and there were those I feared 

would ask me for money. I was 
clumsy around the confident, 
and the well bred, standing on 
their parapets, enthralled me, 
but when one approached, I 
fled. I also feared the street's 
down and outs, anxious lest 
they look at me closely, and 
afraid I would see their misery. 

The rest of the poem is beautiful. Read it here. And don't forget to keep a poem in your pocket.

Keep a poem in your pocket
and a picture in your head
and you'll never feel lonley
at night when you are in bed

The little poem will sing to you
the little picture bring to you
a dozen dreams to dance to you
at night when youre in bed

kepp a picture in your pocket
and a poem in your head
annd you'll never feel lonley
at night when youre in bed.
-Beatrice Schenk de Regniers

Wednesday, April 17, 2013

how to cook your chicken

Remove your chicken from the freezer and dump it in the crockpot or the last place you ran from.

Add a can of beer, cheap, or a glass of dry wine or coffee or whatever your grown-up self prefers.

Now for the seasonings:
1/2 tsp garlic
1/2 tsp grit
1/2/ tsp oregano
1/2 tsp fool
1/2 tsp paprika
1/2/ tsp prayer and regret and
1/2 tsp belief in impossible things

salt and pepper to taste (do not let this trip you up again, the taste is your own)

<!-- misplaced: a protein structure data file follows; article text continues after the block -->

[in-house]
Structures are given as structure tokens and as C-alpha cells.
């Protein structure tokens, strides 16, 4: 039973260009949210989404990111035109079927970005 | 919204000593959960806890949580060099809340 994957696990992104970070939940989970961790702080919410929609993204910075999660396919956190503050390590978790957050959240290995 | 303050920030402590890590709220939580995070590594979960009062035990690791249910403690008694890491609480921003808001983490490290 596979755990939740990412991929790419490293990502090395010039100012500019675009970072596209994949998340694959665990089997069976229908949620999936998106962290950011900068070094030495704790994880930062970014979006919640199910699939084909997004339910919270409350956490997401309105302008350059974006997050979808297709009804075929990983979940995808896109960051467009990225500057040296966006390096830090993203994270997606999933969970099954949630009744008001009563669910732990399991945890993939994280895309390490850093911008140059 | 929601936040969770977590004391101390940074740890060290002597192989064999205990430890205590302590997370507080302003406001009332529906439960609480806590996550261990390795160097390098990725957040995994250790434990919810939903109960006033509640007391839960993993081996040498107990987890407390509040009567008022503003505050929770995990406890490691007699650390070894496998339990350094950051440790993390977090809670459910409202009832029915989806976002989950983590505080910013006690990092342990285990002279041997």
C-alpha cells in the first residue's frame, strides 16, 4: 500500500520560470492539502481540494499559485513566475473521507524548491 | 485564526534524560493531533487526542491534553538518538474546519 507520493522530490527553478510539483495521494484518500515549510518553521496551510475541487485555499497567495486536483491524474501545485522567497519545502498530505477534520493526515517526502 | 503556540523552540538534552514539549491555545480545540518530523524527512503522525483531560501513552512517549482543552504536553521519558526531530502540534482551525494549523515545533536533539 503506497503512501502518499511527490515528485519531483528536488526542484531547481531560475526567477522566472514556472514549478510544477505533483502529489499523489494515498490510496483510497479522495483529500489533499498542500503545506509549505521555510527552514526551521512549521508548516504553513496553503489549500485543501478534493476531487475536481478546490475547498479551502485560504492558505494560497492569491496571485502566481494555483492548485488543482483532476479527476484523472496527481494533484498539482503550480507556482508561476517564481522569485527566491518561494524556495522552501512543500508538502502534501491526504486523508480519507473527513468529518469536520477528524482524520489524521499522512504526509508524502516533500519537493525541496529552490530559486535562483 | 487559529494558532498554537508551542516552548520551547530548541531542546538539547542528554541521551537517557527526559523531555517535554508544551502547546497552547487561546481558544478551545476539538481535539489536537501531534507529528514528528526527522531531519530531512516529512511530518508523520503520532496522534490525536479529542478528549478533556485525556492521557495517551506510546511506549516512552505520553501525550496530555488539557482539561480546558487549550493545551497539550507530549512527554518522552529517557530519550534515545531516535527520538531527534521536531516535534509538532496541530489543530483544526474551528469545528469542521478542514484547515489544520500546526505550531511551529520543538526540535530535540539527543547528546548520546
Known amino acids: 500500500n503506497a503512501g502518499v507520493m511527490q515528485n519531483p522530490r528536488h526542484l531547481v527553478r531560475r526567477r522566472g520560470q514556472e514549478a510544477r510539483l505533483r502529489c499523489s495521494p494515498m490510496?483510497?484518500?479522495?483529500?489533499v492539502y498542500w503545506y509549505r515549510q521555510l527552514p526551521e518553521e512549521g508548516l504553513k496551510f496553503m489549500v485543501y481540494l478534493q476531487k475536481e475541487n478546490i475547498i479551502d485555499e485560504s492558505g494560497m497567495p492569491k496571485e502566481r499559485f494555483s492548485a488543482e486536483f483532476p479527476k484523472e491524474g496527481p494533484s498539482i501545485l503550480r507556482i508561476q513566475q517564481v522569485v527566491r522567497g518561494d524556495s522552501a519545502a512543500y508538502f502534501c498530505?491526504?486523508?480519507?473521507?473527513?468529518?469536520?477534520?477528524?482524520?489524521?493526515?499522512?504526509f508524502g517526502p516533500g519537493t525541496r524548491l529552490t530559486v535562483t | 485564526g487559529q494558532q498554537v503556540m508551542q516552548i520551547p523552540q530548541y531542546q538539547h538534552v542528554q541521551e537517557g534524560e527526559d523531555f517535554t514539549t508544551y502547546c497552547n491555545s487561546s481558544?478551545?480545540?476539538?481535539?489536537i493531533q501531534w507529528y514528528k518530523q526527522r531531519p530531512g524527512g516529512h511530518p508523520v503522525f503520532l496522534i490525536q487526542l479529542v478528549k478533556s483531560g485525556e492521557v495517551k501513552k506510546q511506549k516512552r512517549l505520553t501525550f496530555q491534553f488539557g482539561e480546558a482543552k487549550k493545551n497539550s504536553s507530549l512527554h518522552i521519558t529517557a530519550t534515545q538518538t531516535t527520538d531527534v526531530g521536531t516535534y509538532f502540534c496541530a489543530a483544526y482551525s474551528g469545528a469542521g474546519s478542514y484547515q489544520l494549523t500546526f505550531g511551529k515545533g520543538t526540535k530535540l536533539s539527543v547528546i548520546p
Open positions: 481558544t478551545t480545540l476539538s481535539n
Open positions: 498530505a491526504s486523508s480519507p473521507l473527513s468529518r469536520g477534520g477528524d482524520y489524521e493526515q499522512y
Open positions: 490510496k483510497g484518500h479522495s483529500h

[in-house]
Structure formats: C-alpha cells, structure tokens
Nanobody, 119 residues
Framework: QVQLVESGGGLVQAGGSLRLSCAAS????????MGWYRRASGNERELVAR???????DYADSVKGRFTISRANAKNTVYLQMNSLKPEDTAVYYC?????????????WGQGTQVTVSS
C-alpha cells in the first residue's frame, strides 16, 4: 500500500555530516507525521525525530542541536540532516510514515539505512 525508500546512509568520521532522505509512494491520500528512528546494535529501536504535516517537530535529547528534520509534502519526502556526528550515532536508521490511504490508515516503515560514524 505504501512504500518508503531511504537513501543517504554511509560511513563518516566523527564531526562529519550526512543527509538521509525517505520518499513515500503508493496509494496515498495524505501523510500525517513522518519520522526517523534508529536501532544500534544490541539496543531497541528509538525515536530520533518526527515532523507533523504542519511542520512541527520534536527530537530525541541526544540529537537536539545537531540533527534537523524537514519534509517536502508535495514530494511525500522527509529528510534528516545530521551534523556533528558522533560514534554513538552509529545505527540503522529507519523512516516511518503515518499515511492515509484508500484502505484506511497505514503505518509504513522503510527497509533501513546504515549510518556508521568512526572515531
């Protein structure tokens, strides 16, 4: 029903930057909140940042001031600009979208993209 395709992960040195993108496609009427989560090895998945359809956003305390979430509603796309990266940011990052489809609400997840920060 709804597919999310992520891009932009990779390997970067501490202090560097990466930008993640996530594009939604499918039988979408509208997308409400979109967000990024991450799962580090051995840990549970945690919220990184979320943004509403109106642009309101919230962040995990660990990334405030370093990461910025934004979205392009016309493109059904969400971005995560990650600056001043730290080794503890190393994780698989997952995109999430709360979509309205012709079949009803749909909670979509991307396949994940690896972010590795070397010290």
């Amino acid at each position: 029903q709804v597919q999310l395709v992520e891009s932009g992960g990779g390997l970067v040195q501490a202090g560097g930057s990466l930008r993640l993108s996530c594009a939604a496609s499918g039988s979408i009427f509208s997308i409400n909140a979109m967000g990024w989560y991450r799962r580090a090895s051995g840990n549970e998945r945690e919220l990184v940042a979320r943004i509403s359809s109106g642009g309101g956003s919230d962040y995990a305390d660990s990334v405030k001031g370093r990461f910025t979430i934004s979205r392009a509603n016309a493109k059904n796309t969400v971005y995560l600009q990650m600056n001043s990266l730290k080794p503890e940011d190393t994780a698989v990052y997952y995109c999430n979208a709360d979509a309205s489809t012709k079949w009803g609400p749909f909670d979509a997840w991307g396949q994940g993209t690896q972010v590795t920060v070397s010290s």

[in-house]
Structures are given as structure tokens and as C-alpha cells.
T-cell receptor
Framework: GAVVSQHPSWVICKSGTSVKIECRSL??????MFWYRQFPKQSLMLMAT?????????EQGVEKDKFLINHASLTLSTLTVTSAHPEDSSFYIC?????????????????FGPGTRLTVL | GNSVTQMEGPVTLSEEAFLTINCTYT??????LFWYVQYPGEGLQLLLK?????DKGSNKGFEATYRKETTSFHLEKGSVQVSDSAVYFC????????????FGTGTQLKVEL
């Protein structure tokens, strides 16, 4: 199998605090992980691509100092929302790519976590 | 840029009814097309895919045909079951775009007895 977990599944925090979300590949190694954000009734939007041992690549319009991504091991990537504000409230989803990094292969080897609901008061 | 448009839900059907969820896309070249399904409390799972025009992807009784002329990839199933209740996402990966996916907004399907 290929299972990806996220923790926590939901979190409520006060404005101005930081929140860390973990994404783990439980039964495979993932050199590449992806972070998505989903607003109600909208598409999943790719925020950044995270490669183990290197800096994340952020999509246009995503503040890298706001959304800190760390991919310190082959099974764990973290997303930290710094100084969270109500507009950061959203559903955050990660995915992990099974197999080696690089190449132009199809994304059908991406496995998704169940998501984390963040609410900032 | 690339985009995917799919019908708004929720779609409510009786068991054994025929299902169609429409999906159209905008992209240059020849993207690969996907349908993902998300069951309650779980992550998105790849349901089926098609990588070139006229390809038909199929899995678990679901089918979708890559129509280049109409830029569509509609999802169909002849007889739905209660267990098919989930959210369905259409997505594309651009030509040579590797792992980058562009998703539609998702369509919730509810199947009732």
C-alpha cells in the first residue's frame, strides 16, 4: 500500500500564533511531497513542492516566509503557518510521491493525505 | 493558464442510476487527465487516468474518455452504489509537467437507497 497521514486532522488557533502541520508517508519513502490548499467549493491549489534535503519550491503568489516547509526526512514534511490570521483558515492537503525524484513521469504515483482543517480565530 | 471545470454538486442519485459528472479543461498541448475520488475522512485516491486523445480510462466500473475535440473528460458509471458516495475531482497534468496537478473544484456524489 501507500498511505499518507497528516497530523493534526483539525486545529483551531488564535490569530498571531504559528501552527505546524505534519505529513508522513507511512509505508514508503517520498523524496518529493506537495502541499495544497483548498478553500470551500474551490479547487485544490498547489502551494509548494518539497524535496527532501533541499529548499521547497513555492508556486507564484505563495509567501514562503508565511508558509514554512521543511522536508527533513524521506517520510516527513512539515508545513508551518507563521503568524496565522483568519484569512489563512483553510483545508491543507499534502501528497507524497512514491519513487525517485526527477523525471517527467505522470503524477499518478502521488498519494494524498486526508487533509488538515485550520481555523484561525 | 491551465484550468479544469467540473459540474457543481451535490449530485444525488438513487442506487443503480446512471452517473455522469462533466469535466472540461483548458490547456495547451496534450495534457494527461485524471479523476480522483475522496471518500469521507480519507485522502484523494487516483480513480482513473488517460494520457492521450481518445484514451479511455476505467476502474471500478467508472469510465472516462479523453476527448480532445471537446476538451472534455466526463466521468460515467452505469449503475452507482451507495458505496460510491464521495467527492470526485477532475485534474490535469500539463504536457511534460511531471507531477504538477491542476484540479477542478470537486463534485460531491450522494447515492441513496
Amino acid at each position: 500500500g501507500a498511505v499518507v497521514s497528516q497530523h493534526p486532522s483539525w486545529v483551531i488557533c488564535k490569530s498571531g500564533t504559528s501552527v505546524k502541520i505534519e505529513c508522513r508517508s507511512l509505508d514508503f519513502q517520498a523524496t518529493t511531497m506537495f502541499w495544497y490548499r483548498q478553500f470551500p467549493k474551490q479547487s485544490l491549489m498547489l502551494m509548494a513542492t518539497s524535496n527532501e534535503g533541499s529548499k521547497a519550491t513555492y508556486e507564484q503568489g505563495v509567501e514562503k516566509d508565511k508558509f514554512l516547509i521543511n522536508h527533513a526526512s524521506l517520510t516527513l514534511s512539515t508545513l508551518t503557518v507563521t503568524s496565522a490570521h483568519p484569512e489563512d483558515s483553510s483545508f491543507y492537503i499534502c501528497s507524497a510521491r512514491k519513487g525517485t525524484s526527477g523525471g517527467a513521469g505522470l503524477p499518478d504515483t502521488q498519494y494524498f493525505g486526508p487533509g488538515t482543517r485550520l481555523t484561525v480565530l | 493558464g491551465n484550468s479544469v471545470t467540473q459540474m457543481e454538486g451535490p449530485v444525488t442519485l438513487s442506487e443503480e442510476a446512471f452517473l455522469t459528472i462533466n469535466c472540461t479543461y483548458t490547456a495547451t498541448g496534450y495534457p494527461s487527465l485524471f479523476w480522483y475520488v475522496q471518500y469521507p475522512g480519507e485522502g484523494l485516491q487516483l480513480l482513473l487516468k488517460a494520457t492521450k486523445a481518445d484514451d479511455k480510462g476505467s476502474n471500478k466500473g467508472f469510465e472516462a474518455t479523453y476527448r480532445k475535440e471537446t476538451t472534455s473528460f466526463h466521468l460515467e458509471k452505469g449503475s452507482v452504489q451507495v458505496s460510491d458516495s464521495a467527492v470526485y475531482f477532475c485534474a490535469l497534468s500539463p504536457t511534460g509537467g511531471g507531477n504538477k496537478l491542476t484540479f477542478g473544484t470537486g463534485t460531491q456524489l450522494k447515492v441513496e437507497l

Now set to low, put the lid on and go
vacuum the rug
clean out your closets
take a walk- it's working, really, you don't need to check.

In about five hours, or seven years, or on a day in April when anything seems possible (you will know when) it will be cooked, your chicken. Shred and serve.

Tuesday, April 16, 2013

just write

For two days I have only two children. Sam is staying with my mom and it's just Annie and Josie here while Jim is out of town. It's funny how one less child changes the dynamic, the whole house changes we all sense it and for two days it's a good change; Sam is happy to have a little time away and she needs this too, and I am enjoying a little time to focus on the littles without thinking so much about school.

I love so much getting to know my girls, watching them grow before my eyes. I remember when Sam was a baby thinking how inconceivable that one day she would walk and talk and take on her own personality, and I think of this all the time, what a miracle it is to watch them unfold. So much about them is just in them, they were born with these peculiarities and bents and I love learning them, amazed by their potential and forever a bit shocked by the wonder of them. I imagine myself as an old woman, and my children with grey heads and I know even then, still I will watch them and shake my head bedazzled.

Yes I am confounded by them too sometimes, by their sin nature and I fear for it, the way these small leanings toward selfishness or covetousness or fear and anger will wound and taunt them, the great potential for hurt in their life and I think of what a lifelong battle it is to surrender, to trust, to love and I pray that they will find it early, life that is truly life, their belonging to Abba.